DISCLAIMER: I am NOT a medical professional however I am sharing what I learned from nurses who gave a talk about the subject. You should talk to your doctor before using this advice. I am not to be held responsible if you follow this advice and something happens. You agree to this if you read the post.
When your child has a fever, all you want to do is make it go away so your child can feel better. The most effective method is with medication but there are different ones to choose from.
What is Considered a Fever?
A fever is when the body temperature is above 38C or 100.4 F. Often 99F is considered a low grade fever as it’s generally above what is regular for someone. However it does not need to be treated, especially if the patient is happy and acting normally.
Acetaminophen or Ibuprofen? What’s the difference?
Acetaminophen (Tylenol) is designed for pain and fever and also has slight anti-nausea qualities which make it easier to digest as well.
Ibuprofen (Motrin, Advil) is designed for pain, swelling and fever. It has anti-inflammatory qualities (brings down inflammation/swelling) and so is especially good for pain caused by swelling such as dental pain and joint injuries.
Ibuprofen brings fever down quicker than Acetaminophen and lasts longer so it should be given first. If however Ibuprofen is not enough, you can alternate the two medicines if you do so safely. (More on that later.)
What About the Generic Forms of Acetaminophen and Ibuprofen?
The generic medications are perfectly fine to use. It’s like comparing a shirt with Gap on the front versus one with George on the label. They are both shirts and they will both cover your backs. One costs more because it has a brand name.
How Much Medication Do I Give My Child?
When deciding how much medication to give your child, you should be going based on your child’s weight, NOT their age. Think about it, the reason adults take more medication than children is not because we are older, it’s because our bodies are bigger so we require more of the medication. A 80lb child requires more medication than a 50lbs child, even if the 50lb child happens to be older. So always look at the weights listed on the packages before deciding how much to use.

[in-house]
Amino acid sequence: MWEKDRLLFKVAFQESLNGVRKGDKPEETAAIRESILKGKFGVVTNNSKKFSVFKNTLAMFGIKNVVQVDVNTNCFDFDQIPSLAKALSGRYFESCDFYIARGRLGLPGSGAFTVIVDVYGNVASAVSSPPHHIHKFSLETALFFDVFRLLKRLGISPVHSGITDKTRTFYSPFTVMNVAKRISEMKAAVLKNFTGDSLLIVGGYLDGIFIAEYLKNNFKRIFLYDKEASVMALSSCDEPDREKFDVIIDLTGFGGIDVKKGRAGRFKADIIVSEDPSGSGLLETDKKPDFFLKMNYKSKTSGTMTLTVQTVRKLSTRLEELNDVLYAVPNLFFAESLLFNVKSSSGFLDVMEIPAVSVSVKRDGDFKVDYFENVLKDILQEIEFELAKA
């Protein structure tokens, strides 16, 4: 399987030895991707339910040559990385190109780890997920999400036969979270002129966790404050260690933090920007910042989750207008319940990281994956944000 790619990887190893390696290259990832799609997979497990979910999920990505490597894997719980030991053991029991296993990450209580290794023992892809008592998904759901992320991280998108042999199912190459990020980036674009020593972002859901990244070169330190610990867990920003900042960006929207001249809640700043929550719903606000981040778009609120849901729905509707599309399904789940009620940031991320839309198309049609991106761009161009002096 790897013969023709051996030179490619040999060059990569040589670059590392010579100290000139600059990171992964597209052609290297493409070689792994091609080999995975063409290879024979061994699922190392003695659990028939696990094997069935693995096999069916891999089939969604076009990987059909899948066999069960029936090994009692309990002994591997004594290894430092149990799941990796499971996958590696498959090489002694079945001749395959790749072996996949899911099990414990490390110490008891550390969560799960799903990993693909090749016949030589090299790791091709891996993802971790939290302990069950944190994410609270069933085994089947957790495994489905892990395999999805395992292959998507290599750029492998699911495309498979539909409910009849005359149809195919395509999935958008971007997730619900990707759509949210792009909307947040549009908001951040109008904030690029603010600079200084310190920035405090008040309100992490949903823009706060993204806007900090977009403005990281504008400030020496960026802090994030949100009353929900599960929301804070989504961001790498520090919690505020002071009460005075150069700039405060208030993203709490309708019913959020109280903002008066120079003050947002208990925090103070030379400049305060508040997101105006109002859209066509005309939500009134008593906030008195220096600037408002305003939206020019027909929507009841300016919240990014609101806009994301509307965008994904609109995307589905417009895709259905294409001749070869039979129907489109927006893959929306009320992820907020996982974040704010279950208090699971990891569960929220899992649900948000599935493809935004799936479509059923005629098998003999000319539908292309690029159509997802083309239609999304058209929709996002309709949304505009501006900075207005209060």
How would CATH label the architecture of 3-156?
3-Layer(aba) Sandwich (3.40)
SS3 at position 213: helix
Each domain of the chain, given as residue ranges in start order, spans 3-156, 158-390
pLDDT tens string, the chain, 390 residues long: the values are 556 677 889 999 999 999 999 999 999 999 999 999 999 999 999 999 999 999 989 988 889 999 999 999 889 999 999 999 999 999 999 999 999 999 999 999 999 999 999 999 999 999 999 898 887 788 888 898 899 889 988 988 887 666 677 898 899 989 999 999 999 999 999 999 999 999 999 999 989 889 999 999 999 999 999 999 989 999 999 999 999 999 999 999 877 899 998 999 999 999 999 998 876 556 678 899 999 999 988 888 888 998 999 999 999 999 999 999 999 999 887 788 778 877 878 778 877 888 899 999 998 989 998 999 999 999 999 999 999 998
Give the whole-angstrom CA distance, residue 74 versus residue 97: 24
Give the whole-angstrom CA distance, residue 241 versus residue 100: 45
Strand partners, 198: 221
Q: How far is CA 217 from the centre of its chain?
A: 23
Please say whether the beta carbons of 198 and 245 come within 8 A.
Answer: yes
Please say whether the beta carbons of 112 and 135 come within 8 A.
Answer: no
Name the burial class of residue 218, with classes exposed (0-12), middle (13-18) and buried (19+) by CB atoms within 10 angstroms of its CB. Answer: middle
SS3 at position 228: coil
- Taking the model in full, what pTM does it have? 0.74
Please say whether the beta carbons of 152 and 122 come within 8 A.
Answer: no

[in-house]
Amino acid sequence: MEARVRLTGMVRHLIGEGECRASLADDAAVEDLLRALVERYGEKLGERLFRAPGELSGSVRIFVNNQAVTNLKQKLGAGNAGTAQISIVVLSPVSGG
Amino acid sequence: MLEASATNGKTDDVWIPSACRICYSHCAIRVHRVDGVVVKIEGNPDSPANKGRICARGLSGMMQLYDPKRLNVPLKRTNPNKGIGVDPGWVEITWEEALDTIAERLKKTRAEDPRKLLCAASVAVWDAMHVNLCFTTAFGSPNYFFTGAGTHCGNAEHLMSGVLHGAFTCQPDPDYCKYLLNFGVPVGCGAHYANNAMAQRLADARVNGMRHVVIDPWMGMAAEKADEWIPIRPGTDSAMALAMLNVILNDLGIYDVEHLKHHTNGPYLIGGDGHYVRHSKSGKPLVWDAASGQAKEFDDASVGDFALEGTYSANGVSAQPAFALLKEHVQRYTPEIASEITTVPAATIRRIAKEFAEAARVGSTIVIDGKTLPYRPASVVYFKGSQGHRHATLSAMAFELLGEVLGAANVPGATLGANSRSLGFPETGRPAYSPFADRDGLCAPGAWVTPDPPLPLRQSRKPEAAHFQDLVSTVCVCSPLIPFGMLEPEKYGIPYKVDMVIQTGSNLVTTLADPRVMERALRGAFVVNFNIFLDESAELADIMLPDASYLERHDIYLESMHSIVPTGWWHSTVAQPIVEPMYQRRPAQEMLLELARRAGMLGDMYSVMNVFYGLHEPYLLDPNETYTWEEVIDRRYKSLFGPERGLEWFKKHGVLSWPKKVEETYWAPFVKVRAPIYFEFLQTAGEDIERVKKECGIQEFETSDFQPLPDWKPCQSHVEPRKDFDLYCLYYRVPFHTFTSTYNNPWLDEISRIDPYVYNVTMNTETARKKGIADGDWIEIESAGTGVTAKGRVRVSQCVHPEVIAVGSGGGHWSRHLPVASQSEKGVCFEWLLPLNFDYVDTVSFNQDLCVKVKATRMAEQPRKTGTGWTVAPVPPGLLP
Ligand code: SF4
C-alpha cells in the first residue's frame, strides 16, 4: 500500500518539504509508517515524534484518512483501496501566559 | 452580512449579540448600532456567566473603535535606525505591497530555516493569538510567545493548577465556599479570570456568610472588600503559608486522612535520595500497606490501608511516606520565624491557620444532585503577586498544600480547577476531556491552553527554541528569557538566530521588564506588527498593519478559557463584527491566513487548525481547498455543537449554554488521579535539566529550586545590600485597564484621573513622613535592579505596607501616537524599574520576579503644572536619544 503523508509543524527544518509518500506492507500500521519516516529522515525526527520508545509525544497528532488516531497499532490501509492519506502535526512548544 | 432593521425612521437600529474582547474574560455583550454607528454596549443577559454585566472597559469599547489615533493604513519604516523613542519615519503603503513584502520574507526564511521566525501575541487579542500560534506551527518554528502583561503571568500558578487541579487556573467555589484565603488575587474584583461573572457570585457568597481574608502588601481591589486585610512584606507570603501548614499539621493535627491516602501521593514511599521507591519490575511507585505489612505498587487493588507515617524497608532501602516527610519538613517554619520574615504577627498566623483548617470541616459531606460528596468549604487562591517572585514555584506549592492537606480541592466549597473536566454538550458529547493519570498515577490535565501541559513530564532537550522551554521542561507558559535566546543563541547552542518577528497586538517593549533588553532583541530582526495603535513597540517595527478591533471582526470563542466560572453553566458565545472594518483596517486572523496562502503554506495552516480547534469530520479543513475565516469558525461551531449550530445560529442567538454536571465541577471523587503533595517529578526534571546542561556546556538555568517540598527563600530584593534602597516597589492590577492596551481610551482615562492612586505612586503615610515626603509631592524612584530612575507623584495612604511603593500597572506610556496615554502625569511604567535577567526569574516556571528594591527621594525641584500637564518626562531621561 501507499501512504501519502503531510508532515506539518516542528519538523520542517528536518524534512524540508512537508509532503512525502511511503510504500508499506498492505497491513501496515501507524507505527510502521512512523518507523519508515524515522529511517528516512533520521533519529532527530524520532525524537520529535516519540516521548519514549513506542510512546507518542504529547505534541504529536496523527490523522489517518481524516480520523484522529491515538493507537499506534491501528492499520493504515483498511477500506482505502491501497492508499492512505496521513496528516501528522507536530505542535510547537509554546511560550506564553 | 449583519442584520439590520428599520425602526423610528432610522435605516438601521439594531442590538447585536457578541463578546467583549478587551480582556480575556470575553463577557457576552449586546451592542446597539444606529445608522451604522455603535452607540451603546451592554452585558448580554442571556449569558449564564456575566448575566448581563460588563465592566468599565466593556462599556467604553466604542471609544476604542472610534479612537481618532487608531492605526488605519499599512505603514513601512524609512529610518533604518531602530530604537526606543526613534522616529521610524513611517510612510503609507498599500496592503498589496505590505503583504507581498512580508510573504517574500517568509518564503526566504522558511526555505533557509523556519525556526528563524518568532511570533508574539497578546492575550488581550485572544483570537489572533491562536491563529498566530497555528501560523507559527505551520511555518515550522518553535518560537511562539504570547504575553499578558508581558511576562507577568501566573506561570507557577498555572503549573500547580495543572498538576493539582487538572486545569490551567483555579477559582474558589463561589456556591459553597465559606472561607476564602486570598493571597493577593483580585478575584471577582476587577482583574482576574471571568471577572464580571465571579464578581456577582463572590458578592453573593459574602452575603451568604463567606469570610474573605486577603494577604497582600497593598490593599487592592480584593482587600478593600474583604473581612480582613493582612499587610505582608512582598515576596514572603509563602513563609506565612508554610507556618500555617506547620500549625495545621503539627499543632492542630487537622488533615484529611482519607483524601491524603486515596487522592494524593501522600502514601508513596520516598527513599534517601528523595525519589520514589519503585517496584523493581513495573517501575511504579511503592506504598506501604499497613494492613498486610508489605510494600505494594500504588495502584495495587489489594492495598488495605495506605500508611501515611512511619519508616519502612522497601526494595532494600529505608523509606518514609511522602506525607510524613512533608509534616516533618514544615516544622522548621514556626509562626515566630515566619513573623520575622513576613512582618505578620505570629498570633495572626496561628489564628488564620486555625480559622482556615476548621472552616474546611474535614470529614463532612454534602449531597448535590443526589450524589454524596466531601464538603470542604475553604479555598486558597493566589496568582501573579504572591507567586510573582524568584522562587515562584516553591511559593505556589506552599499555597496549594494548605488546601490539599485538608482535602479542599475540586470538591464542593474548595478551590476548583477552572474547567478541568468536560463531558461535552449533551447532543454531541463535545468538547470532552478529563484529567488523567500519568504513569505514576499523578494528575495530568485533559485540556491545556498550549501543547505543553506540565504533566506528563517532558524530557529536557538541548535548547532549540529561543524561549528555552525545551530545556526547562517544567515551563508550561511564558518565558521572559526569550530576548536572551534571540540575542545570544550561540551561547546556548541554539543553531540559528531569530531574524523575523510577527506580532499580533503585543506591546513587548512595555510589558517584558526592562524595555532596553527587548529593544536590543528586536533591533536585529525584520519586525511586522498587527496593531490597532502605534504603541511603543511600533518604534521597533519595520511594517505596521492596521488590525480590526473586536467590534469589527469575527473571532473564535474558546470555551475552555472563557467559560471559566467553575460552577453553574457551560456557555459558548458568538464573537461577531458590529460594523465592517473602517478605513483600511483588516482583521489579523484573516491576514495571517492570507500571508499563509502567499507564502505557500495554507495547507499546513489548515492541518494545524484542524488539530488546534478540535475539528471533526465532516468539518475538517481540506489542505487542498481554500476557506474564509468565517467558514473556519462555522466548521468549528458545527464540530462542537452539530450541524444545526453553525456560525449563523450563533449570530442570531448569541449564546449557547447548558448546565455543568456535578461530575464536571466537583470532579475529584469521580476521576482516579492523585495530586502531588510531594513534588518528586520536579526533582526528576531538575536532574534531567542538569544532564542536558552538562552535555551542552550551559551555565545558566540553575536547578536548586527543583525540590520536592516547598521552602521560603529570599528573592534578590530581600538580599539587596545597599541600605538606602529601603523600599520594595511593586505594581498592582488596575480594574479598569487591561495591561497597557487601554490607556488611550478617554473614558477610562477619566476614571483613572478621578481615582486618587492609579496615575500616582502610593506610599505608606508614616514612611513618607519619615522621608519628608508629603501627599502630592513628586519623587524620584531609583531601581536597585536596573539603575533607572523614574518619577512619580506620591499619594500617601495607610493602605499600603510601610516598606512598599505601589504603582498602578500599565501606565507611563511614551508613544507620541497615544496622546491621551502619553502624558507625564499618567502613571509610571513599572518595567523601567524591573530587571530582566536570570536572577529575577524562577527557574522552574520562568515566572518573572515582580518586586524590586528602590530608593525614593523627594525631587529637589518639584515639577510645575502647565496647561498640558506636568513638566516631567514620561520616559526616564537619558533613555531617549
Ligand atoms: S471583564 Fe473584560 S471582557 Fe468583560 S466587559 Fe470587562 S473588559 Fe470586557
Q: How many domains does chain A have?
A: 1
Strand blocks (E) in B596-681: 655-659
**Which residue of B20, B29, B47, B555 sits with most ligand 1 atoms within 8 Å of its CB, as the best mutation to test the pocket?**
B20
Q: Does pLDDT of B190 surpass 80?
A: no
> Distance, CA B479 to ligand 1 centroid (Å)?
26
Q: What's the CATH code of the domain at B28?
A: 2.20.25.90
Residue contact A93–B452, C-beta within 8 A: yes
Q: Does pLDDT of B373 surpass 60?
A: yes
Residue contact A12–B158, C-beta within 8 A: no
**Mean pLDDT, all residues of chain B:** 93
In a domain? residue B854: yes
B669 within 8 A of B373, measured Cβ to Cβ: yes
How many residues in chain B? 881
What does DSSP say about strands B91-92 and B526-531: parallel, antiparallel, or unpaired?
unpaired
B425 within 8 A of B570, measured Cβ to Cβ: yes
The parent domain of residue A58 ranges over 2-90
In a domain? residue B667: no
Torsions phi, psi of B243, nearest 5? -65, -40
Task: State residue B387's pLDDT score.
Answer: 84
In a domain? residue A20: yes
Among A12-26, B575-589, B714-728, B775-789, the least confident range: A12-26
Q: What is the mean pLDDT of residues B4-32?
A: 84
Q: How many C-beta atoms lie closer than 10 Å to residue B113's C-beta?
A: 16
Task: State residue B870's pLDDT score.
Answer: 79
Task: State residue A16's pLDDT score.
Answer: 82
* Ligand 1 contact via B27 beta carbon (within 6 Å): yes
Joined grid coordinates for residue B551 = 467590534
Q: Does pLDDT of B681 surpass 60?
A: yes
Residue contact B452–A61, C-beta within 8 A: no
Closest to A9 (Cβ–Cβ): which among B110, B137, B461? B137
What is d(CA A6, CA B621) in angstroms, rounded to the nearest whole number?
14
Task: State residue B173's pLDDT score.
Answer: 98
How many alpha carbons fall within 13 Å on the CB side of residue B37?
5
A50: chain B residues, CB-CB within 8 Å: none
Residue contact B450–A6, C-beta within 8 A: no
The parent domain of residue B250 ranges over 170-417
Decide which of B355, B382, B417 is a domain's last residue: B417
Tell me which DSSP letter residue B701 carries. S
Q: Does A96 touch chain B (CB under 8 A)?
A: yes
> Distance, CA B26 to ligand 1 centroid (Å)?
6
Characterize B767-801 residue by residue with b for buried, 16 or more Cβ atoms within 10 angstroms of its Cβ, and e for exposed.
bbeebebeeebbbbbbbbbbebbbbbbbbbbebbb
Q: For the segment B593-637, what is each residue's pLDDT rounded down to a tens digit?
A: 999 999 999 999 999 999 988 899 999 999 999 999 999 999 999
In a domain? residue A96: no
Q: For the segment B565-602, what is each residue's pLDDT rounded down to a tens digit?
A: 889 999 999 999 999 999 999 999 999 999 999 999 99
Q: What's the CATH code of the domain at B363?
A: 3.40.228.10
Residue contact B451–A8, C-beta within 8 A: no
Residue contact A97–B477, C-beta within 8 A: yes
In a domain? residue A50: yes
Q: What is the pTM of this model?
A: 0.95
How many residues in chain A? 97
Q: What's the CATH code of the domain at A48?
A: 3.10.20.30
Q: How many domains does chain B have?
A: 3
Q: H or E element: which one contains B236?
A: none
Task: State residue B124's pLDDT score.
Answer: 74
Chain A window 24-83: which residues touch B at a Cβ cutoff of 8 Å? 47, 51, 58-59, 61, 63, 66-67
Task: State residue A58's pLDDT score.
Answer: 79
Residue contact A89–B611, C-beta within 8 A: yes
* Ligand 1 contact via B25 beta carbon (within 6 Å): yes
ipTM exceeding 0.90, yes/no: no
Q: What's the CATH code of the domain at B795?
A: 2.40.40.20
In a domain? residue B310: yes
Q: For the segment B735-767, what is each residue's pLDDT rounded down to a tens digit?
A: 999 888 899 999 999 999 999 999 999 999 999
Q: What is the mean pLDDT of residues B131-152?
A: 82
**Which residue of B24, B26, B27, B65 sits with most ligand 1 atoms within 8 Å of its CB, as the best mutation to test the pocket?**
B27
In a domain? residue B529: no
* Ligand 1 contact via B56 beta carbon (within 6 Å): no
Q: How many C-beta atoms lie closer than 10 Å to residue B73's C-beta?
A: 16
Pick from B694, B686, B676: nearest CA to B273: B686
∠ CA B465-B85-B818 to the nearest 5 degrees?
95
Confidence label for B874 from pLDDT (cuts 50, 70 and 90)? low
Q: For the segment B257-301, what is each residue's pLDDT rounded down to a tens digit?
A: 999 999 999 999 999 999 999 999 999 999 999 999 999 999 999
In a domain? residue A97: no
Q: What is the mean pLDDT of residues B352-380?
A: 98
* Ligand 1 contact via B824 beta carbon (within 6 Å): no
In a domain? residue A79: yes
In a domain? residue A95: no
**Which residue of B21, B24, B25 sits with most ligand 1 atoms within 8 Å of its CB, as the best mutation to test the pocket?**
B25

How Should I Measure the Medication?
It is VERY important to use a proper measuring device to ensure your child gets the proper amount of medication and is not overdosed. A regular teaspoon is NOT accurate enough. You can get medication measuring cups, syringes and spoons at your pharmacy. Sometimes the medications come with one as well.
Can I Give My Child Ibuprofen And Acetaminophen?
Since the two are separate medications, they can be used together, but not at the exact same time. This is the proper way to do it.
- Child Has Fever
- Administer Ibuprofen
- Wait 30 minutes and check temperature to see if the medication is working.
- 2 hours later, if the child is still in discomfort or there is fever present, administer Acetaminophen
You can continue to alternate the medications as long as you follow the medication’s rules of time between dosage and total dosages per day.
Ibuprofen: Every 6-8 hours, no more than 3 doses in 24 hours
Acetaminophen: Every 4-6 hours, no more than 5 doses in 24 hours.
*You might notice that if you give your child ibuprofen every 6 hours, that would normally equal 4 times in 24 hours. Or that acetaminophen every 4 hours would be 6 doses. However it’s not safe to have it that much. Children’s fevers often go down overnight anyways and that’s also why you alternate them so they are never really going more than 2-3 hours between medication.
In Case of Fever:
- Medication should not be given to children 6 months or younger without your doctor’s permission.
- Ibuprofen should be used first.
- Ibuprofen may irritate the stomach so give with food.
- After the medication has been in the child’s system for an hour, if you wish to assist in bringing the fever down more, you can offer a cool cloth on the head, allow them to wear less clothes or let some cool air in.
- DO NOT use ice water baths or rubbing alcohol. They do not work and are dangerous.
- Call the doctor if your child is younger than 2 months old, your child has a fever over 40.6C(105F), your child acts/looks very sick, or any of these are present: stiff neck, persistent vomiting, purplish spots on skin, confusion, trouble breathing or inability to be comforted.
- If you are giving any other type of medication such as cold or cough medication, make sure it doesn’t contain acetaminophen before administering acetaminophen separately or it could result in an overdose.
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